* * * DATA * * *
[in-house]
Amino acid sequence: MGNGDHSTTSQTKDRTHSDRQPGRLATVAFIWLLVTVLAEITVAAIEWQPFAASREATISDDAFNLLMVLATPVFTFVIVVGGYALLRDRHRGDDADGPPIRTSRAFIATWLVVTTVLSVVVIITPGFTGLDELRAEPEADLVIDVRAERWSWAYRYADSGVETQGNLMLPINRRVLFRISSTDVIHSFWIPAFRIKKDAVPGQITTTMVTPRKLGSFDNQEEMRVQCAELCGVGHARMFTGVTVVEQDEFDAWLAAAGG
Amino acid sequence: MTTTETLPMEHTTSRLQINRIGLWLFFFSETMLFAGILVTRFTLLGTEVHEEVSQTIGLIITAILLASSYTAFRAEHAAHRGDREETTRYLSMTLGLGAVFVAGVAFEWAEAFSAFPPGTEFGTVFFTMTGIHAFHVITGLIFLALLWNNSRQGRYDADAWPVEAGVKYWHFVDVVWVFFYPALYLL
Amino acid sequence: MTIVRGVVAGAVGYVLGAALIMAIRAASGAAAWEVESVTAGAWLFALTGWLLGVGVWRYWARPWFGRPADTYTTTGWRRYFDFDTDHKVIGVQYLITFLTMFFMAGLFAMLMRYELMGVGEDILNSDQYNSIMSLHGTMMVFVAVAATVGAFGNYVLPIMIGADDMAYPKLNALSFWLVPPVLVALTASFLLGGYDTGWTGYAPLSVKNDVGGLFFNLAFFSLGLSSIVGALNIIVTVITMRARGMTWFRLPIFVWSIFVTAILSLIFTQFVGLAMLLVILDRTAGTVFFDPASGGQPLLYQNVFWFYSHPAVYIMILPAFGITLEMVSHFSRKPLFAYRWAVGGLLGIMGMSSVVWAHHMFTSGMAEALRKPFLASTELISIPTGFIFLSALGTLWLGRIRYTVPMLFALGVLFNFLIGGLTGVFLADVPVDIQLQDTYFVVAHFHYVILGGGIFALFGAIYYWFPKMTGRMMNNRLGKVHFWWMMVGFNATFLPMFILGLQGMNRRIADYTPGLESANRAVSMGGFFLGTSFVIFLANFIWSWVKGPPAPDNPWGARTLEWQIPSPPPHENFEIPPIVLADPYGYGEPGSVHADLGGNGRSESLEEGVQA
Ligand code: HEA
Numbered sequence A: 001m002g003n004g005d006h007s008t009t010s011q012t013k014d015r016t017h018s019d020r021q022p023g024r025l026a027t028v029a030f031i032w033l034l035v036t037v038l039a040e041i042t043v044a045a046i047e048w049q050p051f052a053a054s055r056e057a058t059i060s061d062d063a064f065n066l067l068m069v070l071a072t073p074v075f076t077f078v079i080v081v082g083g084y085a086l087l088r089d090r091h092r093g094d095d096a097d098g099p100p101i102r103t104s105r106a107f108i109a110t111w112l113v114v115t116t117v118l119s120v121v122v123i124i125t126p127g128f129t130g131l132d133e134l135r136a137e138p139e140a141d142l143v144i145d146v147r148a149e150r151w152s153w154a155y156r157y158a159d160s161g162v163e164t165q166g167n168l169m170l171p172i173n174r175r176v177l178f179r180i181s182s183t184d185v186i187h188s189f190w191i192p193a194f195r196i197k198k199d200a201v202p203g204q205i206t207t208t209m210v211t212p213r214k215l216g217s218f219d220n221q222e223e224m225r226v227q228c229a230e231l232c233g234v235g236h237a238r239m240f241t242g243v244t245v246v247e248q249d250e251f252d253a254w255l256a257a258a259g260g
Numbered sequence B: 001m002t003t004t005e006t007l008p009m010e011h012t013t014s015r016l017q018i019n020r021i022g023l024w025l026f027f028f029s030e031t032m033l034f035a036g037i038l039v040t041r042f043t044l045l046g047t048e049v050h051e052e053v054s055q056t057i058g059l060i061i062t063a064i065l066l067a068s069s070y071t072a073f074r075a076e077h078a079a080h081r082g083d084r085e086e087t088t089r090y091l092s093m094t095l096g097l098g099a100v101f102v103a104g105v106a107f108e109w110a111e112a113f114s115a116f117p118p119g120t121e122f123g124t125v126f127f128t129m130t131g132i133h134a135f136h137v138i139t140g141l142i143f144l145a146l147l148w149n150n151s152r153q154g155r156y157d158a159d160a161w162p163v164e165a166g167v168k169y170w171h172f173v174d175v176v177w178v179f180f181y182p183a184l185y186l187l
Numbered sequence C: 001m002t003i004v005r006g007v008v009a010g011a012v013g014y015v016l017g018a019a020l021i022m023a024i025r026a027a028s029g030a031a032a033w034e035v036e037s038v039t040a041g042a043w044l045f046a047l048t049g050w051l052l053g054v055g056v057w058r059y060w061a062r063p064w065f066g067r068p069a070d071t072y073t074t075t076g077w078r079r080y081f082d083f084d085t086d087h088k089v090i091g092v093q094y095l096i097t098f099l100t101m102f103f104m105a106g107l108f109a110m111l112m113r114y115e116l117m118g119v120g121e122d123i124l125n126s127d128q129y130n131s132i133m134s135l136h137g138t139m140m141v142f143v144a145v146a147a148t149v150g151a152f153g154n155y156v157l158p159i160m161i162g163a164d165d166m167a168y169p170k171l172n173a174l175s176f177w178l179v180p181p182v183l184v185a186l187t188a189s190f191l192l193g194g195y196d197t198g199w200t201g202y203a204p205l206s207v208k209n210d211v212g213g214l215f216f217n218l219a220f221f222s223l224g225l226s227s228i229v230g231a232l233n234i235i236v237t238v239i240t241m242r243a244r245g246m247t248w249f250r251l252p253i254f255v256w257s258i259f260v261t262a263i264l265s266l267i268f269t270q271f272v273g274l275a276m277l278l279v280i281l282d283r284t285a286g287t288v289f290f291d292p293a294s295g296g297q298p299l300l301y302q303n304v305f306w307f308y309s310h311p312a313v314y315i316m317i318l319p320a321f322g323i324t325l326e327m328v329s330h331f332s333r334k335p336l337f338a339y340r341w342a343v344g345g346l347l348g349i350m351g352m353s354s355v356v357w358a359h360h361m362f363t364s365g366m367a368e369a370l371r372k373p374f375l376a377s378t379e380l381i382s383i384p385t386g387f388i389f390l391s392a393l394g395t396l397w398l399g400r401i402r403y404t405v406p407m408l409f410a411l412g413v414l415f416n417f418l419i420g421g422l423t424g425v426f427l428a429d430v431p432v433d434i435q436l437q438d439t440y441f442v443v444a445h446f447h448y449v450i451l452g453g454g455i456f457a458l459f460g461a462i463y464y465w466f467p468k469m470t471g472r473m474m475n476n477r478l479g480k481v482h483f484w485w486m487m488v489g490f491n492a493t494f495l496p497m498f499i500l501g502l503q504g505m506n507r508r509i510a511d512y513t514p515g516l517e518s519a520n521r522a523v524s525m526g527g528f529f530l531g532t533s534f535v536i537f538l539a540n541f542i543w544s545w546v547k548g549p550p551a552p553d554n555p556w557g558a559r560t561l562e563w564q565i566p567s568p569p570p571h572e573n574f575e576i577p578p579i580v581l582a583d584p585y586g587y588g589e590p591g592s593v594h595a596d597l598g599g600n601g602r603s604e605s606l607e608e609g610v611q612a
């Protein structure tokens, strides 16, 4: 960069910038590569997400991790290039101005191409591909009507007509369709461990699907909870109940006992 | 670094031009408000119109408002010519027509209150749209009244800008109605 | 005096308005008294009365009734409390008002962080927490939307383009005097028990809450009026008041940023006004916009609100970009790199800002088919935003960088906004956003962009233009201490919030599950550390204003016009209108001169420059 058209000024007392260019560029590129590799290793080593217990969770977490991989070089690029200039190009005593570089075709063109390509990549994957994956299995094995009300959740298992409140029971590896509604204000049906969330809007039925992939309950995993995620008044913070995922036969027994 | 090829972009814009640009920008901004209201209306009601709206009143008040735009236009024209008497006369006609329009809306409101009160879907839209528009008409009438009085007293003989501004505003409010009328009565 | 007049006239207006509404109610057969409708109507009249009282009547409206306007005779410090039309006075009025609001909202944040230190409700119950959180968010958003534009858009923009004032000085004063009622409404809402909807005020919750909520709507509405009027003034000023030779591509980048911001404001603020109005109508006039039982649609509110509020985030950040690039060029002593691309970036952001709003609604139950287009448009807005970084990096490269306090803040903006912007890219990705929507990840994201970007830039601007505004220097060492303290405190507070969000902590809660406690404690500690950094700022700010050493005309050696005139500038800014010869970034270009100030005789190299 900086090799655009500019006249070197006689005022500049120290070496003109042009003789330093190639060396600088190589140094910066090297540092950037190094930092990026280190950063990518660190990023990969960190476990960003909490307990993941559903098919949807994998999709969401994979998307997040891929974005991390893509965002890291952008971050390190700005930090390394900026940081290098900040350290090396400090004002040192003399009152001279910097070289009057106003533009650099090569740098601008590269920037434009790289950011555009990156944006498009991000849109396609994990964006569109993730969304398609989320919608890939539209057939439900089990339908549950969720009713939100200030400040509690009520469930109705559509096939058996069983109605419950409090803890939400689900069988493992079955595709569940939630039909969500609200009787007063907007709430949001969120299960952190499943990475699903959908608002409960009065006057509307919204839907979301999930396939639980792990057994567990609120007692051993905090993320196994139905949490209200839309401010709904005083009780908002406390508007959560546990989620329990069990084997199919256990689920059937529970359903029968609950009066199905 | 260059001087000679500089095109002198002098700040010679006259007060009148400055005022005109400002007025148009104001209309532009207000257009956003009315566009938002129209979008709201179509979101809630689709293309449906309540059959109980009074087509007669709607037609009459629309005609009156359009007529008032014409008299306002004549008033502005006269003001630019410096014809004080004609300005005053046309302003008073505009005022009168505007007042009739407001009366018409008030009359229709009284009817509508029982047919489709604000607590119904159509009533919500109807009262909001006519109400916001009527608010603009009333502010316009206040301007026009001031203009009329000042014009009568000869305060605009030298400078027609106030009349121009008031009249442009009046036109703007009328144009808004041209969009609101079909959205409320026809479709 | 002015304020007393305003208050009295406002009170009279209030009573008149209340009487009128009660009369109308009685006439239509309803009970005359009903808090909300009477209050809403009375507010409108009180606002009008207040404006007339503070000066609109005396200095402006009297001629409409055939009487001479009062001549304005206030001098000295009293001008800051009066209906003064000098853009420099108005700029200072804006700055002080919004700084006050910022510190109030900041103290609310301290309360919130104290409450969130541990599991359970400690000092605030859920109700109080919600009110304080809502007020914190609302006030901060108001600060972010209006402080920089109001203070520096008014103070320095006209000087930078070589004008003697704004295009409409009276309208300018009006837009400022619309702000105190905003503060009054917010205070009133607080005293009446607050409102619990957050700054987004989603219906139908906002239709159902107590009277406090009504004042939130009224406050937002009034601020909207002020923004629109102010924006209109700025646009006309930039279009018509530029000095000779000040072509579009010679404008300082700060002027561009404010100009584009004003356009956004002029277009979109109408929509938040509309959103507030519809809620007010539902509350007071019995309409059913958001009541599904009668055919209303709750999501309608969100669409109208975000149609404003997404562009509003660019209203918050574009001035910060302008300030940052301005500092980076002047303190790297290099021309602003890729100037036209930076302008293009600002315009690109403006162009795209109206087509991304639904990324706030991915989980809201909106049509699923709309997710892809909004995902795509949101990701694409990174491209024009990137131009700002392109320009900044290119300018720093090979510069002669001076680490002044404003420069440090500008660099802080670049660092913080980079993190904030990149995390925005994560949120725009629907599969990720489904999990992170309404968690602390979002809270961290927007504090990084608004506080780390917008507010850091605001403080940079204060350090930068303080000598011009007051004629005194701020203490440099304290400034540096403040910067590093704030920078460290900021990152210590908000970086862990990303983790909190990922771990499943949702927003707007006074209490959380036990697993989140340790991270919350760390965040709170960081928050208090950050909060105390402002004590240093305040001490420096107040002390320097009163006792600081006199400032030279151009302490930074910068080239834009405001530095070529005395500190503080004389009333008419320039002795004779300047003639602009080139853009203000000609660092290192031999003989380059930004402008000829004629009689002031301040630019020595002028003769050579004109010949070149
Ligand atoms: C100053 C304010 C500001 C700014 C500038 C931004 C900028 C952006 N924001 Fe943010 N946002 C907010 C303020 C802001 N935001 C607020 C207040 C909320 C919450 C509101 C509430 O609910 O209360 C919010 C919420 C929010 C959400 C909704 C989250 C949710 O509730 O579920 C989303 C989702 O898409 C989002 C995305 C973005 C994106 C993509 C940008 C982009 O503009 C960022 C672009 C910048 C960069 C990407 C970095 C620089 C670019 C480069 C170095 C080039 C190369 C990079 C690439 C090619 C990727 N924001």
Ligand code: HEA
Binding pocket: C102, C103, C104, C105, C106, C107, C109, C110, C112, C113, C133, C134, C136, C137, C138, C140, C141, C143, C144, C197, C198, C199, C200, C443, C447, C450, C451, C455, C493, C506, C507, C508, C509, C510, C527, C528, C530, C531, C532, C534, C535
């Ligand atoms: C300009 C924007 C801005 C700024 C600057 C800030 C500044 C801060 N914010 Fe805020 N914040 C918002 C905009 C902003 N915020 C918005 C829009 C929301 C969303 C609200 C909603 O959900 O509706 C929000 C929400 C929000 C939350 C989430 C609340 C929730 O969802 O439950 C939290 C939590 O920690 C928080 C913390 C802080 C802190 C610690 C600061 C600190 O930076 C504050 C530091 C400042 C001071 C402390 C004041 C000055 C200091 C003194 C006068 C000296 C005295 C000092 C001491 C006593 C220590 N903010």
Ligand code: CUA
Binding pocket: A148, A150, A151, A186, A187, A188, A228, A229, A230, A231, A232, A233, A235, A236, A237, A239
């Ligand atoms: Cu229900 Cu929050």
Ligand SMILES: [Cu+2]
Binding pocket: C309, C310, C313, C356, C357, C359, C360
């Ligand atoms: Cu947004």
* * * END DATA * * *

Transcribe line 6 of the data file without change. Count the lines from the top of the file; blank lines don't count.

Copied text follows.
Numbered sequence A: 001m002g003n004g005d006h007s008t009t010s011q012t013k014d015r016t017h018s019d020r021q022p023g024r025l026a027t028v029a030f031i032w033l034l035v036t037v038l039a040e041i042t043v044a045a046i047e048w049q050p051f052a053a054s055r056e057a058t059i060s061d062d063a064f065n066l067l068m069v070l071a072t073p074v075f076t077f078v079i080v081v082g083g084y085a086l087l088r089d090r091h092r093g094d095d096a097d098g099p100p101i102r103t104s105r106a107f108i109a110t111w112l113v114v115t116t117v118l119s120v121v122v123i124i125t126p127g128f129t130g131l132d133e134l135r136a137e138p139e140a141d142l143v144i145d146v147r148a149e150r151w152s153w154a155y156r157y158a159d160s161g162v163e164t165q166g167n168l169m170l171p172i173n174r175r176v177l178f179r180i181s182s183t184d185v186i187h188s189f190w191i192p193a194f195r196i197k198k199d200a201v202p203g204q205i206t207t208t209m210v211t212p213r214k215l216g217s218f219d220n221q222e223e224m225r226v227q228c229a230e231l232c233g234v235g236h237a238r239m240f241t242g243v244t245v246v247e248q249d250e251f252d253a254w255l256a257a258a259g260g